New Transgender Regulations Effective July 1, 2017

The DFEH has been progressive in updating regulations to expand protections for transgender employees against discrimination. In April of 2016 new definitions were provided which included sex, gender identity, gender expression, and transgender.  Effective July 01, 2017, new transgender identity and expression regulations will take effect, which may impact employment policies you have in place. Below are the relevant changes which should be reviewed against your current policies and practices.

    • Restroom and/or Facilities: Employers must provide equal access to facilities regardless of the sex/gender of the employee to any restroom or locker room. Employees are permitted to use facilities that correspond to the employee’s gender identity or gender expression. If there are single occupancy facilities Employers must use gender-neutral signage. In any case, an employer cannot require any proof of sex or gender for an employee to use a particular facility.
    • Dress Standard: An employer cannot impose a dress standard that is inconsistent with an employee’s gender identity or expression in the absence of a business necessity. An employer can still require a dress code (appearance, grooming or dress standards) as long as it does not infringe upon an individual’s sex, gender, or gender identity or require an employee to dress or groom themselves in a manner inconsistent with the person’s gender identity or expression.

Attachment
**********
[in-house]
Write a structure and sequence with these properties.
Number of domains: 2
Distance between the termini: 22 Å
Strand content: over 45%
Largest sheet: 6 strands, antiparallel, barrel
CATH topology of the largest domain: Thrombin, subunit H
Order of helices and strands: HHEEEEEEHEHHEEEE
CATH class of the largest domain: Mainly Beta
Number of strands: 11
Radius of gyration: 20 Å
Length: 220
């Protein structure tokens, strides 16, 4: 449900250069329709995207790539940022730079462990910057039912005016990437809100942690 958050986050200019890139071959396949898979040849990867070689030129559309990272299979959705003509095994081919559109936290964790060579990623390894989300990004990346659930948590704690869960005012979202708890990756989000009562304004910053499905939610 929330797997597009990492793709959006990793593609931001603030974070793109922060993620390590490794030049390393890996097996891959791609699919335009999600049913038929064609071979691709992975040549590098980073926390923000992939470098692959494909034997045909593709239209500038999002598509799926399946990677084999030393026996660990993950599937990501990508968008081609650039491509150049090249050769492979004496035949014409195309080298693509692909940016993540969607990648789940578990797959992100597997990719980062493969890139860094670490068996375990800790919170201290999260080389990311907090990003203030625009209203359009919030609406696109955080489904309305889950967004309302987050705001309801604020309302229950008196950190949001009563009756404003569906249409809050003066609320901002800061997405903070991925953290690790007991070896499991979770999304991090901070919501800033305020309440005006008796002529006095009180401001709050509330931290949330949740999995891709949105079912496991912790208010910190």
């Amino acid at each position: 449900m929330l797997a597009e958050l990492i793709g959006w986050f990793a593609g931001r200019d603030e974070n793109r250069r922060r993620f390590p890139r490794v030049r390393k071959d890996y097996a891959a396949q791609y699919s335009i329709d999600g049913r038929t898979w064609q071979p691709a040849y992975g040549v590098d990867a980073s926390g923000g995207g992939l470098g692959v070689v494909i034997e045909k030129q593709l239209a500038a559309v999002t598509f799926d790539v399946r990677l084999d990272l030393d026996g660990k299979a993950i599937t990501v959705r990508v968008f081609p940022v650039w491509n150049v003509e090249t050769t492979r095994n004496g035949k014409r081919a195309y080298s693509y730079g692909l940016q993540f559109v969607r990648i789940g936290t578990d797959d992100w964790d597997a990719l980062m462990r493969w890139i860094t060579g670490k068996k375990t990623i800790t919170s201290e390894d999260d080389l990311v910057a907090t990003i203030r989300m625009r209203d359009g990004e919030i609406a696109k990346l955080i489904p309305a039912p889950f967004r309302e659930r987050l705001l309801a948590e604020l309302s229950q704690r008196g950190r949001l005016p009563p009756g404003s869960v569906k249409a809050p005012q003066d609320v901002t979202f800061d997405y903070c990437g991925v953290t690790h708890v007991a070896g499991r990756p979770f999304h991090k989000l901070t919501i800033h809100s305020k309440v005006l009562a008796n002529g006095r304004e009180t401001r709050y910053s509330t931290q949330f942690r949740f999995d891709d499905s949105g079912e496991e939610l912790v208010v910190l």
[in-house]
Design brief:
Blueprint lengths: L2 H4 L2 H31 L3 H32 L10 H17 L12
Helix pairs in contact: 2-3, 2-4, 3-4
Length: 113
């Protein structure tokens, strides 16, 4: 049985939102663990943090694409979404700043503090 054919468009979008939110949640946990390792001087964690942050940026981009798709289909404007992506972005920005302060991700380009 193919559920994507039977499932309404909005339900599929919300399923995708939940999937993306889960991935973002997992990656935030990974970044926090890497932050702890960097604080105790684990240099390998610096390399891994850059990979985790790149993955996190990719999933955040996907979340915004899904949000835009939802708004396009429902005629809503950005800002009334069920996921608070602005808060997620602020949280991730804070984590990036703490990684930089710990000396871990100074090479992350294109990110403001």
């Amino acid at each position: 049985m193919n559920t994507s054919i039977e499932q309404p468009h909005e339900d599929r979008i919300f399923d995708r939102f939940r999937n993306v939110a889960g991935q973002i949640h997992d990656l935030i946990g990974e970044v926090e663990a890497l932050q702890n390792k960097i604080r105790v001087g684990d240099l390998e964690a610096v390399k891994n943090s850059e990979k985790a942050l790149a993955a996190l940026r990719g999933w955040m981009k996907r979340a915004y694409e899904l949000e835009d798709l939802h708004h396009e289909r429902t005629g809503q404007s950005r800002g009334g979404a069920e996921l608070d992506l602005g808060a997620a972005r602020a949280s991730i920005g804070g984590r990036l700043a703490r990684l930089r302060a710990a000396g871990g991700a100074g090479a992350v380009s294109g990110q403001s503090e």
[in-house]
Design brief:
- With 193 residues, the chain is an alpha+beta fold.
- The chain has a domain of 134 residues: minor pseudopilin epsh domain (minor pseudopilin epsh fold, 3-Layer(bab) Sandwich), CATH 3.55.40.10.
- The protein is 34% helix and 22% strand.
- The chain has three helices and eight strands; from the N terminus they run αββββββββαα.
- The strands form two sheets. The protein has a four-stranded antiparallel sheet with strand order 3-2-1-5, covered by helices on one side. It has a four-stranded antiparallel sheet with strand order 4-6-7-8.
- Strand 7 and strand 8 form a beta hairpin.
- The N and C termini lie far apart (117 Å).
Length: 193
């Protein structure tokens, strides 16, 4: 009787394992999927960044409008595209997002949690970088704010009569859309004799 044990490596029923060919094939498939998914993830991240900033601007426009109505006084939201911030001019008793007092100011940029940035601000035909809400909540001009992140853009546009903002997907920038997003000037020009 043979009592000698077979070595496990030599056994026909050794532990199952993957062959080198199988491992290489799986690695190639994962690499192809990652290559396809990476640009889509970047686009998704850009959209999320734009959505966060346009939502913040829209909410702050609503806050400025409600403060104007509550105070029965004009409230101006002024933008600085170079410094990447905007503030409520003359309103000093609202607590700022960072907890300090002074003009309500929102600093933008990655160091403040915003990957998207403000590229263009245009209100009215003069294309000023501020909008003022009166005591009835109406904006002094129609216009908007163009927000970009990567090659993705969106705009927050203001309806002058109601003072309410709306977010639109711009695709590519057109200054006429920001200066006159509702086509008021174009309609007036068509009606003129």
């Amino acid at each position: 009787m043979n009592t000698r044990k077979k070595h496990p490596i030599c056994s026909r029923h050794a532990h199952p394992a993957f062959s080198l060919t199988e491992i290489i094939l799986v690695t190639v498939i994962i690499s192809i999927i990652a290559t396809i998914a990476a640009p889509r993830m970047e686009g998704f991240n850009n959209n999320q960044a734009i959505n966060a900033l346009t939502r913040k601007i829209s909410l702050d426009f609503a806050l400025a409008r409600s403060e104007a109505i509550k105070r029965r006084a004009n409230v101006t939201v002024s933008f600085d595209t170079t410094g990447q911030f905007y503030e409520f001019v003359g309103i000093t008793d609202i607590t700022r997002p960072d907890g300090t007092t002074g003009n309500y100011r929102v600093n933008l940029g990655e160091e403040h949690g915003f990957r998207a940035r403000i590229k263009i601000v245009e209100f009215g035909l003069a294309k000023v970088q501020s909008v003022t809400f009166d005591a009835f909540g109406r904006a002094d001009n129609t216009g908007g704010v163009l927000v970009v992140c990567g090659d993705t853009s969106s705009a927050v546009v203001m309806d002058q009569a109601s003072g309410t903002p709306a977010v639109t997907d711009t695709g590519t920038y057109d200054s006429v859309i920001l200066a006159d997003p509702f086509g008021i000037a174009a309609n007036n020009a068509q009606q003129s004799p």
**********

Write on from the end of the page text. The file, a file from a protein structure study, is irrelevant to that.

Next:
• Preferred Name and Identity/Pronoun: An employer must honor an employee’s request to be identified by a certain name, pronoun, or a certain gender identity. The employer is prohibited from requiring an employee to identify the preferred identity unless it is a condition of employment (you can still ask for voluntary provision of this information but tread lightly). Employers can insist on using an employee’s legal name or gender if it is otherwise required to meet a legally-mandated obligation such us filling out legal documents.
    • Transitioning: An employer must accommodate the process an employee takes to transition from one gender to another. This includes several factors such as name change, pronoun preference, use of facilitates, and medical procedures. Employers are prohibited from discriminating against employees who are “transitioning” when making employment decisions.

As always, Holden Law Group is here to review any applicable changes and guide you in staying compliant with the changing landscape of employment law in California.